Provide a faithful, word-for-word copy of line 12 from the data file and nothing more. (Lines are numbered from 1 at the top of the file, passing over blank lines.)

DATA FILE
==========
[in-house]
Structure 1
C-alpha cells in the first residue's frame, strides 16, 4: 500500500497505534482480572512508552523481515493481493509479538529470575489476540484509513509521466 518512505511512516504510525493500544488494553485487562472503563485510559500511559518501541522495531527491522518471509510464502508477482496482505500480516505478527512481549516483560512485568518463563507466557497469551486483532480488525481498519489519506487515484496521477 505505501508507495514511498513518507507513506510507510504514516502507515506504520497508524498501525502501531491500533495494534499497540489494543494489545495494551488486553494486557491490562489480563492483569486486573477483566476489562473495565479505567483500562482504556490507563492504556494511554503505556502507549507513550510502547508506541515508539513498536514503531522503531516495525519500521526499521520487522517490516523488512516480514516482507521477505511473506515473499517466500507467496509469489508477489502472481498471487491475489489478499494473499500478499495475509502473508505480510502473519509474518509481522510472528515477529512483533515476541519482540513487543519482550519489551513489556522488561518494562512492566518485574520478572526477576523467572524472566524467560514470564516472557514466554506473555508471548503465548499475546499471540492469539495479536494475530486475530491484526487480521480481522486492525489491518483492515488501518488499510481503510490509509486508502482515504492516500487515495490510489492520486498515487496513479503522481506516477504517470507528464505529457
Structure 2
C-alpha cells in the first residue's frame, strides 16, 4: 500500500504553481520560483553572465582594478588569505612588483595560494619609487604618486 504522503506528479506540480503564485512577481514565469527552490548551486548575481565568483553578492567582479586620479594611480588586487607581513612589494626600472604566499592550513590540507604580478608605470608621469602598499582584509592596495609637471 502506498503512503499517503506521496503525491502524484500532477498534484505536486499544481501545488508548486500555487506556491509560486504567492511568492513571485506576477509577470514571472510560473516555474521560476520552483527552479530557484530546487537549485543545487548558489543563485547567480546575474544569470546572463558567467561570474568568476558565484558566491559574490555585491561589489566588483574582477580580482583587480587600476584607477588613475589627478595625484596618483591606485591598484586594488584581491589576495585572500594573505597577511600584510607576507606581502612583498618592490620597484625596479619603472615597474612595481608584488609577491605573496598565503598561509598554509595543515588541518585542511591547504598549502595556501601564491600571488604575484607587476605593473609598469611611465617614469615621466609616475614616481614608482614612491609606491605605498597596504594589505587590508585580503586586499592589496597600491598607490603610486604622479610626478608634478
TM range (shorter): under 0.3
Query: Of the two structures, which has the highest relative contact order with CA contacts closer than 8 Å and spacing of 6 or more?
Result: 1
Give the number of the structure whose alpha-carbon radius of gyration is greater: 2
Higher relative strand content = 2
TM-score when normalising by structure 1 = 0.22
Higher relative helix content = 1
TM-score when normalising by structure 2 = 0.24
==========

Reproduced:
Higher relative helix content = 1